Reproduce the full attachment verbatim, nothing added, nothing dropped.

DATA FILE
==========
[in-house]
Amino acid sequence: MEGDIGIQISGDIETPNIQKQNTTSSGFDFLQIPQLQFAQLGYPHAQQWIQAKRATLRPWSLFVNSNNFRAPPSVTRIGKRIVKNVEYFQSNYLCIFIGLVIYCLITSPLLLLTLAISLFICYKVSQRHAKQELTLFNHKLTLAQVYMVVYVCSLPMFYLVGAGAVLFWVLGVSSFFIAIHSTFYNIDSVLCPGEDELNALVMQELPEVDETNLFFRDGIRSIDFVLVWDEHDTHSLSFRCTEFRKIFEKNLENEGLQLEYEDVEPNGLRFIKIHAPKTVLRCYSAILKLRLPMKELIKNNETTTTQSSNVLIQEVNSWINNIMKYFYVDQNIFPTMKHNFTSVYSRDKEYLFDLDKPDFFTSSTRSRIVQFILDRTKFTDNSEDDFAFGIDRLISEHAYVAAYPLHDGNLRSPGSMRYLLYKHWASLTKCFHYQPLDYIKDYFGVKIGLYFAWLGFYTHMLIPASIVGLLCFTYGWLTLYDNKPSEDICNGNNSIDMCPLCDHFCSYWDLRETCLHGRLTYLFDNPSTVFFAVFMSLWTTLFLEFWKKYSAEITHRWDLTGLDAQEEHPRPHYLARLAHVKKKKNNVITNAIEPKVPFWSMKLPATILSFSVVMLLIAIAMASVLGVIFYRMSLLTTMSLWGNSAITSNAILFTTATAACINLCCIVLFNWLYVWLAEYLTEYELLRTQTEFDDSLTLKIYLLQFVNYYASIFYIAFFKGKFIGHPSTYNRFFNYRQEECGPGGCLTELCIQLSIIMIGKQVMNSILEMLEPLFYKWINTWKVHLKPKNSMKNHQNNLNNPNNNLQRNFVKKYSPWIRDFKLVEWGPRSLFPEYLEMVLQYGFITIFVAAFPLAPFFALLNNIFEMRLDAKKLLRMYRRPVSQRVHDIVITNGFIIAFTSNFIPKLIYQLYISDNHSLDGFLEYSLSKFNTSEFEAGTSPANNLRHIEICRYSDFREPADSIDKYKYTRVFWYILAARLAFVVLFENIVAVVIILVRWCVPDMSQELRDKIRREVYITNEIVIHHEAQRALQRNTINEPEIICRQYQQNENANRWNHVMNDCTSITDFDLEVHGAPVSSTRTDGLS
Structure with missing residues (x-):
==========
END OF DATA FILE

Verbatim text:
[in-house]
Amino acid sequence: MEGDIGIQISGDIETPNIQKQNTTSSGFDFLQIPQLQFAQLGYPHAQQWIQAKRATLRPWSLFVNSNNFRAPPSVTRIGKRIVKNVEYFQSNYLCIFIGLVIYCLITSPLLLLTLAISLFICYKVSQRHAKQELTLFNHKLTLAQVYMVVYVCSLPMFYLVGAGAVLFWVLGVSSFFIAIHSTFYNIDSVLCPGEDELNALVMQELPEVDETNLFFRDGIRSIDFVLVWDEHDTHSLSFRCTEFRKIFEKNLENEGLQLEYEDVEPNGLRFIKIHAPKTVLRCYSAILKLRLPMKELIKNNETTTTQSSNVLIQEVNSWINNIMKYFYVDQNIFPTMKHNFTSVYSRDKEYLFDLDKPDFFTSSTRSRIVQFILDRTKFTDNSEDDFAFGIDRLISEHAYVAAYPLHDGNLRSPGSMRYLLYKHWASLTKCFHYQPLDYIKDYFGVKIGLYFAWLGFYTHMLIPASIVGLLCFTYGWLTLYDNKPSEDICNGNNSIDMCPLCDHFCSYWDLRETCLHGRLTYLFDNPSTVFFAVFMSLWTTLFLEFWKKYSAEITHRWDLTGLDAQEEHPRPHYLARLAHVKKKKNNVITNAIEPKVPFWSMKLPATILSFSVVMLLIAIAMASVLGVIFYRMSLLTTMSLWGNSAITSNAILFTTATAACINLCCIVLFNWLYVWLAEYLTEYELLRTQTEFDDSLTLKIYLLQFVNYYASIFYIAFFKGKFIGHPSTYNRFFNYRQEECGPGGCLTELCIQLSIIMIGKQVMNSILEMLEPLFYKWINTWKVHLKPKNSMKNHQNNLNNPNNNLQRNFVKKYSPWIRDFKLVEWGPRSLFPEYLEMVLQYGFITIFVAAFPLAPFFALLNNIFEMRLDAKKLLRMYRRPVSQRVHDIVITNGFIIAFTSNFIPKLIYQLYISDNHSLDGFLEYSLSKFNTSEFEAGTSPANNLRHIEICRYSDFREPADSIDKYKYTRVFWYILAARLAFVVLFENIVAVVIILVRWCVPDMSQELRDKIRREVYITNEIVIHHEAQRALQRNTINEPEIICRQYQQNENANRWNHVMNDCTSITDFDLEVHGAPVSSTRTDGLS
Structure with missing residues (x-):